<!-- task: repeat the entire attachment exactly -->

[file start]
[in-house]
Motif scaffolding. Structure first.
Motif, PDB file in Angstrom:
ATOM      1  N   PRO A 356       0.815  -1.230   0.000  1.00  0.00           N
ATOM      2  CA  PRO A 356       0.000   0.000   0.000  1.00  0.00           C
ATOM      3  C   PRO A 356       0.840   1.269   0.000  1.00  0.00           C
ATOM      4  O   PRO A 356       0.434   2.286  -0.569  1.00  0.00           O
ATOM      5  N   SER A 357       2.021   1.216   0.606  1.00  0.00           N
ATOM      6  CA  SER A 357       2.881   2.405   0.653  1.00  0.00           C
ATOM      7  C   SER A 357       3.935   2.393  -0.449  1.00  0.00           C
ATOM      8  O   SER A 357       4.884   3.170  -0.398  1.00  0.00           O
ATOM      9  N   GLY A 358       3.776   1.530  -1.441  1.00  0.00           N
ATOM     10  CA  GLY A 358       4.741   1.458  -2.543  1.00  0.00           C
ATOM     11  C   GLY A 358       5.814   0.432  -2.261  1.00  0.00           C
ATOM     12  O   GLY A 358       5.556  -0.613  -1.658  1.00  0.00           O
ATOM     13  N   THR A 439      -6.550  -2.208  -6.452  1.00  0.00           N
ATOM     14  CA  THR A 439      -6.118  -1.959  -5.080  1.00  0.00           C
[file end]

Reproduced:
[in-house]
Motif scaffolding. Structure first.
Motif, PDB file in Angstrom:
ATOM      1  N   PRO A 356       0.815  -1.230   0.000  1.00  0.00           N
ATOM      2  CA  PRO A 356       0.000   0.000   0.000  1.00  0.00           C
ATOM      3  C   PRO A 356       0.840   1.269   0.000  1.00  0.00           C
ATOM      4  O   PRO A 356       0.434   2.286  -0.569  1.00  0.00           O
ATOM      5  N   SER A 357       2.021   1.216   0.606  1.00  0.00           N
ATOM      6  CA  SER A 357       2.881   2.405   0.653  1.00  0.00           C
ATOM      7  C   SER A 357       3.935   2.393  -0.449  1.00  0.00           C
ATOM      8  O   SER A 357       4.884   3.170  -0.398  1.00  0.00           O
ATOM      9  N   GLY A 358       3.776   1.530  -1.441  1.00  0.00           N
ATOM     10  CA  GLY A 358       4.741   1.458  -2.543  1.00  0.00           C
ATOM     11  C   GLY A 358       5.814   0.432  -2.261  1.00  0.00           C
ATOM     12  O   GLY A 358       5.556  -0.613  -1.658  1.00  0.00           O
ATOM     13  N   THR A 439      -6.550  -2.208  -6.452  1.00  0.00           N
ATOM     14  CA  THR A 439      -6.118  -1.959  -5.080  1.00  0.00           C